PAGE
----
getting ready to descend

At 740 we were called to the ‘cage’ as the elevator that takes people up and down the various levels of the mine is called. It’s a tight squeeze on one of the cage’s two decks. A series of buzzes signalling to the cage operator, and we were on our way down at a pretty brisk rate of descent not unlike landing in an airplane. At the bottom, we were disgorged from the cage. But at that point we were still 2 km horizontally from SNOLAB which is right at the end of a long tunnel known as the drift. Our helmets now lit, we proceeded through the mud and water down the tracks to the lab door. (Because the cage and drift are Vale property, we couldn’t take photos of this part of the adventure). There our boots were washed off and we went through the first of several doors.

just inside the lab

Once inside, everyone was separated into male and female change rooms. We discarded our mining outfits (hanging them up for exit later in the day) and took a shower. We then put on clean gear including finer coveralls, new inside boots, a hairnet, and another hardhat for walking through the internal tunnels. The whole process from getting to the cage to being fully clean and inside the lab took about an hour. We had a number of excellent guides on our tour. Samantha Kuula is a fulltime SNOLab staffer charged with outreach and communications. She makes the trip down at least a couple of times a week either with groups or to reconnect with the science going on so she can write about it. Tony Noble, Director of the SNOLAB Institute (and a former director of the facility itself) was of course with us, and Dr Nigel Smith, a British physicist who is the SNOLAB Facility Director and Dr Fraser Duncan Associate Director. Nigel, Tony and Fraser took it in turns describing the innards of the original SNO site and the expanded SNOLAB, while Samantha was responsible for getting us in and out. I was also pleased to see on the trip down a 3rd year Engineering Physics student, Kira, who has spent the summer building a cooling unit for one of the experiments. She was there to try it out.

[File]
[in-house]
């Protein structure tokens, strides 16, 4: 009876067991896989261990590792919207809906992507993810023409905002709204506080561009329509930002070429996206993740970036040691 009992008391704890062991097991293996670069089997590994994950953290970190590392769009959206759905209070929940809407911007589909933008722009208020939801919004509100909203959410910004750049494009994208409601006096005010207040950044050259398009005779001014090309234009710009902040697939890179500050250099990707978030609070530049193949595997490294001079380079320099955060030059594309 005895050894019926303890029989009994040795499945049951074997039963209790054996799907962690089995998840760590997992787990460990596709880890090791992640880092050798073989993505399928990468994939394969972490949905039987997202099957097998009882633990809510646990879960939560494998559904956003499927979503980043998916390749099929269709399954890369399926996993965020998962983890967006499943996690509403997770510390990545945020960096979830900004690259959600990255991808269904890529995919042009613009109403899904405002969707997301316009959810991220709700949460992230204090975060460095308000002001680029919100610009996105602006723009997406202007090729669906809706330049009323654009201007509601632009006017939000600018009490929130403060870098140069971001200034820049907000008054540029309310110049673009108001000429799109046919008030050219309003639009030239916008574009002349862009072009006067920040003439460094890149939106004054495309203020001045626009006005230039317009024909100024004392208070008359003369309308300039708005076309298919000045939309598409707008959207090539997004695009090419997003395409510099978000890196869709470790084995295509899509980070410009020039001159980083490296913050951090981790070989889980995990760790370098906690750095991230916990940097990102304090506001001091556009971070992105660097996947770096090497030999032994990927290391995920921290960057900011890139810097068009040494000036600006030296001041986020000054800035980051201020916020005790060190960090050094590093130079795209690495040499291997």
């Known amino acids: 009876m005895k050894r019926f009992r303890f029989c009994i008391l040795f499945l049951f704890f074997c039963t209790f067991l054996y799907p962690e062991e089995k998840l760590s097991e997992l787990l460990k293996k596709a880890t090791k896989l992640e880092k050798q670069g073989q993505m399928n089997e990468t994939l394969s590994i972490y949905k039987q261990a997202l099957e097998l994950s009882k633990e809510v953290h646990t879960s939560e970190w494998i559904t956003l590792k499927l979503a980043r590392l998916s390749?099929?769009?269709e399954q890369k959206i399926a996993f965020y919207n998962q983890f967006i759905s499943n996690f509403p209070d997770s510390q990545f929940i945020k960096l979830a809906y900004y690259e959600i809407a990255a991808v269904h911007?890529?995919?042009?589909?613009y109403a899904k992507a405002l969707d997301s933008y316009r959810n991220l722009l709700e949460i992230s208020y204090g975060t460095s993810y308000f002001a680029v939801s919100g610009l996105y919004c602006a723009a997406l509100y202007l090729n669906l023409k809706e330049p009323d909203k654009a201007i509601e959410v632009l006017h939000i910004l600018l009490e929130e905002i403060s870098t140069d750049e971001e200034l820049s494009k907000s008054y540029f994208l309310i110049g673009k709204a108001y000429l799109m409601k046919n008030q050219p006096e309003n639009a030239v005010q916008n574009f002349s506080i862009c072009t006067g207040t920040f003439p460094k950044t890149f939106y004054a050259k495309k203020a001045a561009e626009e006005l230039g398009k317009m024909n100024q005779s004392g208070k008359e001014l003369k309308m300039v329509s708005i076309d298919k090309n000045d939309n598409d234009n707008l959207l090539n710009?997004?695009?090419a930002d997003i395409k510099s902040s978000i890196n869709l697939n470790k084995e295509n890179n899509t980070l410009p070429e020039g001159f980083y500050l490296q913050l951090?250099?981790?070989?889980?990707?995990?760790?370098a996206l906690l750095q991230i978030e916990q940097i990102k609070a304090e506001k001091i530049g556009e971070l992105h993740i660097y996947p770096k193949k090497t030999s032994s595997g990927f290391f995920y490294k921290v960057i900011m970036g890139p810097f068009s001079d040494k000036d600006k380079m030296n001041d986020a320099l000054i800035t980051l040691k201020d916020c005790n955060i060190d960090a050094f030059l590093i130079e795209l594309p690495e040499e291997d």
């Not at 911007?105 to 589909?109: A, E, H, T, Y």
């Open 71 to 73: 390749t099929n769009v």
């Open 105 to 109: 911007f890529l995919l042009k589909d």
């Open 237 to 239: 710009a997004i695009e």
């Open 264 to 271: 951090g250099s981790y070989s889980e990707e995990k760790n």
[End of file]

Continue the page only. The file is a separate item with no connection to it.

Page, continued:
in the central kitchen; that's me with the coffee

After a brief rest period for some coffee and fruit and muffins (which has to come in double bagged to be clean, and can’t go out again except in special garbage containers), we were ready to begin the walk around the facility. We saw first the site of the original SNO experiment, in one of several big holes carved out for the purpose. The SNO site is a bit cramped, with low ceilings and tight corners (needless to say just about everything that comes down the shaft has to fit in the cage and often be reassembled underground). Once done there, and after another break (the air pressure is higher down underground and one can tire easily), we were off to see the new facility. Well, if getting into the lab reminded me of the Andromeda Strain, the lab itself seems more like one of Ernst Blofeld’s hideaways in an early James Bond film, minus the armed henchmen. I almost expected to see a white cat. The internal tunnels (there are no square walls or ceilings) have been trowelled down to a flat finish in order to reduce the dust (one or two service lines have a rougher, stucco finish). Everywhere are uniformed workers with hardhats, either on one of the experiments, or completing some of the infrastructure. Crews work 4 10 hour shifts a week. Our tour was there for a little less time as we were scheduled to go back up on the 2 pm cage.

getting an overview of SNO